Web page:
Every New Year’s Day gives people hope. I think it is in the air – vibes of a new start, vibes of new goals and many new desires for a new us, a new life and even a new world. We all want the good to increase and the not-so-good to shrink until it fully disappears and we wish that the new year will be full of health, wealth, love, friendship and happiness (what else is there?).
If you have noticed, I have listed health fist. Unfortunately, I have learned the hard way that health is not something should be taken for granted.
There are two aspects of health – physical and emotional. Your physical health includes your heart, blood, skin, weight, bones and viruses and can be controlled by medication, food and exercise. Your emotional health cannot be easily managed with medication, though most sufferers today would like to think it can, a phenomenon I call “wishful sinking”.
Still, our emotional health can be promoted and supported just like the physical health can be. Think of your emotional health like a muscle. If you work on it, it gets stronger and if you do not work on it, it gets weaker. This is the same for our emotions. If we work on our emotional health, we get stronger and if we do not, we get weaker.
There are 4 aspects of emotional intelligence, the mastering of which will bring every person wonderful success, contentment and happiness:
- Being aware of and recognizing my own feelings
- Accepting and managing my own feelings
- Being aware of and recognizing others’ feelings
- Helping and supporting others with their feelings
To master emotional intelligence, it would be wonderful if we could work on all these things at the same time. However, they are listed in order of emotional development, so first we need to be aware of and recognize our own feelings and only then can accept and manage them, and so on.
In the process of developing our emotional intelligence, we need to know what our emotional rights are. We need to give ourselves permission to feel love, permission to fear and permission to be.
Society seems to be demanding that we control our feelings to the point of suppression and that we follow various rules, even if those restrict and frustrate us. Today, I want to kick-start your emotional self liberation and give you the right to feel and to be true to yourself.
Go through the emotional bill of rights below and check if you know your rights and if you exercise them.
My emotional bill of rights
- I have the right to feel – Ask yourself often “How do I feel?” and remember that every feeling you have is valid. Not all feelings are fun and healthy, but they are all valid. Remember, if you are aware of your feelings, you are practicing level one of emotional intelligence.
- I have the right to fear – We all have instincts that tell us to stay away from certain situations and people. Unfortunately, not everyone is “tuned in” and listens to the body’s messages of fear. If you feel uncomfortable or afraid, ask yourself, “What is my body telling me?” and learn to trust your instincts. Learn to say, “I do not feel comfortable with this”. It will help you lower the level of fear from strong fear (panic) to less intense fear (uncomfortable).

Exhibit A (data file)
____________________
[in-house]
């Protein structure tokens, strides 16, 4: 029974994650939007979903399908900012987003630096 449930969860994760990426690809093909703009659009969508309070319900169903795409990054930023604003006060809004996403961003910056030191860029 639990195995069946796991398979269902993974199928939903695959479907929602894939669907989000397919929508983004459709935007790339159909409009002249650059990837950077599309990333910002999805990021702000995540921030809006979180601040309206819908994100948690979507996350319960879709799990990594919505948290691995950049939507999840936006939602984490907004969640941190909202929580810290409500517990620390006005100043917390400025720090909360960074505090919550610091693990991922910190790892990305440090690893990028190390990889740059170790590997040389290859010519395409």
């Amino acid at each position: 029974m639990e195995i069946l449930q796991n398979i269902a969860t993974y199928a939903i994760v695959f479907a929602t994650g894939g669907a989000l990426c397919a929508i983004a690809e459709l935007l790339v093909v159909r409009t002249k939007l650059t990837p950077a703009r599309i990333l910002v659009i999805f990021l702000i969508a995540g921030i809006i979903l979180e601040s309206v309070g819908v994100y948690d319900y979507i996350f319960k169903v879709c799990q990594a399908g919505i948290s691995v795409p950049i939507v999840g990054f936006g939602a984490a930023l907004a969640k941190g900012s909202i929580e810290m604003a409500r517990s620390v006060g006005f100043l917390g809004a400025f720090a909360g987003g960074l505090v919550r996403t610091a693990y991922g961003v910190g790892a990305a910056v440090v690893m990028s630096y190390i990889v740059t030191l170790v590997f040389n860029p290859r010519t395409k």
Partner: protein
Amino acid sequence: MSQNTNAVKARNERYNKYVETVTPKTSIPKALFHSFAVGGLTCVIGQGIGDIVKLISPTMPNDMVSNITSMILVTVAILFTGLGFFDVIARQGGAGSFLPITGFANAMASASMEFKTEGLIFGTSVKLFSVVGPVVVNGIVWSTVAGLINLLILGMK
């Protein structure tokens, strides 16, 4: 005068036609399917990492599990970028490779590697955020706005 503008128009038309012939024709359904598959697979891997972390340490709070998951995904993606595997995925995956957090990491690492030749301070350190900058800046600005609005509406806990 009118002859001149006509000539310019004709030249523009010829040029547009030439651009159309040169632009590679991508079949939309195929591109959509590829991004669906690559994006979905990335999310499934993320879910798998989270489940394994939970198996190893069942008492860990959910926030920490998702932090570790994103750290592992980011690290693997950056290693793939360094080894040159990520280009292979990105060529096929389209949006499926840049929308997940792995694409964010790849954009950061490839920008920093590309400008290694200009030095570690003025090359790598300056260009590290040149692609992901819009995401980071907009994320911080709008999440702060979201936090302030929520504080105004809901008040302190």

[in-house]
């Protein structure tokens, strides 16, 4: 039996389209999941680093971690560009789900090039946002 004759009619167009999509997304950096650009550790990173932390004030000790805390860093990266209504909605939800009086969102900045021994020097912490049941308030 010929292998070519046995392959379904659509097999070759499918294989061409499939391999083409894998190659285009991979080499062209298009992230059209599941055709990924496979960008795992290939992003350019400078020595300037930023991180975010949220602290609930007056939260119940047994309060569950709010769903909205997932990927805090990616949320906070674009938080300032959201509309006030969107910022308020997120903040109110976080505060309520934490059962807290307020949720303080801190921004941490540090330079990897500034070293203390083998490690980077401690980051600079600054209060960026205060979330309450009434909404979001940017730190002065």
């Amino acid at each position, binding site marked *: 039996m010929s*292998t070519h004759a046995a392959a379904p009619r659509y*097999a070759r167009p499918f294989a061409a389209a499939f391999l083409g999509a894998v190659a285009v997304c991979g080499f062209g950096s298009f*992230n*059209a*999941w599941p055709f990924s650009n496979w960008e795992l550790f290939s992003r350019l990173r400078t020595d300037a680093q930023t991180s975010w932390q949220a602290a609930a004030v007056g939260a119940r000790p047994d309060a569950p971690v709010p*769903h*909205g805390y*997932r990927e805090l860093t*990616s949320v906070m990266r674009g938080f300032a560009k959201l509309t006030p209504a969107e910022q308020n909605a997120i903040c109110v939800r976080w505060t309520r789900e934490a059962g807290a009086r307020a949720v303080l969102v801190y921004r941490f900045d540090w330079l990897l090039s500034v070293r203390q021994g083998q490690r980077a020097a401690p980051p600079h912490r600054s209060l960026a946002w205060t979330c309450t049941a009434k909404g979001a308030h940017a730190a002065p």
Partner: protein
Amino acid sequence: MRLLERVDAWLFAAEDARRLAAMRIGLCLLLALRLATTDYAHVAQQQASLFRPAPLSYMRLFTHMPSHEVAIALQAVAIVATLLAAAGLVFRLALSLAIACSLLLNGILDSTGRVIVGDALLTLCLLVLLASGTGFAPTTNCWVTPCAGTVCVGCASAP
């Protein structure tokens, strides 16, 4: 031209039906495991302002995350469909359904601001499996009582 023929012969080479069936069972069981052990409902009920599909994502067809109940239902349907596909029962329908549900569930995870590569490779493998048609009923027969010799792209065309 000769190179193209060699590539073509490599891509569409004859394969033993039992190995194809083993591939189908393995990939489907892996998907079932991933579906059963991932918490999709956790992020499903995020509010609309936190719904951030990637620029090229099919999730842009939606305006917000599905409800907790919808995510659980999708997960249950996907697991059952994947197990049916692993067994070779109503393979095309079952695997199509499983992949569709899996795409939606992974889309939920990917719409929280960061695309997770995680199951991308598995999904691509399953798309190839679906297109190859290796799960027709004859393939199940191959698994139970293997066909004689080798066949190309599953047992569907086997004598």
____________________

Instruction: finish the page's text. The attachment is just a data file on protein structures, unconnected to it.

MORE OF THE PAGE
- I have the right to want – Wanting is the driving force in life, so give yourself the permission to want love, happiness, money, friendship, luxury, comfort and so on. Anything you want is right and OK. Whenever you are overwhelmed and stressed, in conflict or confused, ask yourself “What do I want?” To increase your awareness to your desires, write a list of 100 things you want to do in your lifetime. This is an important list that everyone can benefit from in their process of mastering their emotional health.
- I have the right to be safe – when someone hurts you, it is not right. Remember, your body is yours and no one is allowed to touch it in any way that you consider inappropriate. Even if your doctor touches you in a way that embarrasses or hurts you, you have a right to ask the question that will make you feel safe in the hands of your doctor. It is parents’ responsibility to give their kids a feeling of safety. Kids must know they are protected. They must know they have food and shelter and someone will keep them safe from harm. Ask yourself, “Am I safe?” and “What do I need to do to feel and be safe?” If you exercise your right to feel and learn to trust those feelings, you will know when you are not safe and declare your safety right.
- I have the right to say “no” – People will have expectations from you and ask you to do things that are not necessary good and healthy for you. Remember your right to say “no” without explanation. When you say “no”, you exercise your right to fulfill (or not) others’ expectations. When you explain, you are inviting the others to convince you to change your mind.
- I have the right to protest – You have the right to expect people to treat you fairly and with respect. If people discriminate against you, are rude to you, judge you or act in disrespect toward you, you have the right to protest. Protesting does not need to be loud or rude (so you will not be considered disrespectful too). It can be assertive and calm. Learn phrases that will allow you to protest in a calm and assertive way, like “I do not like it when…”, “I am not happy with the way you are treating me” and “I had different expectations”.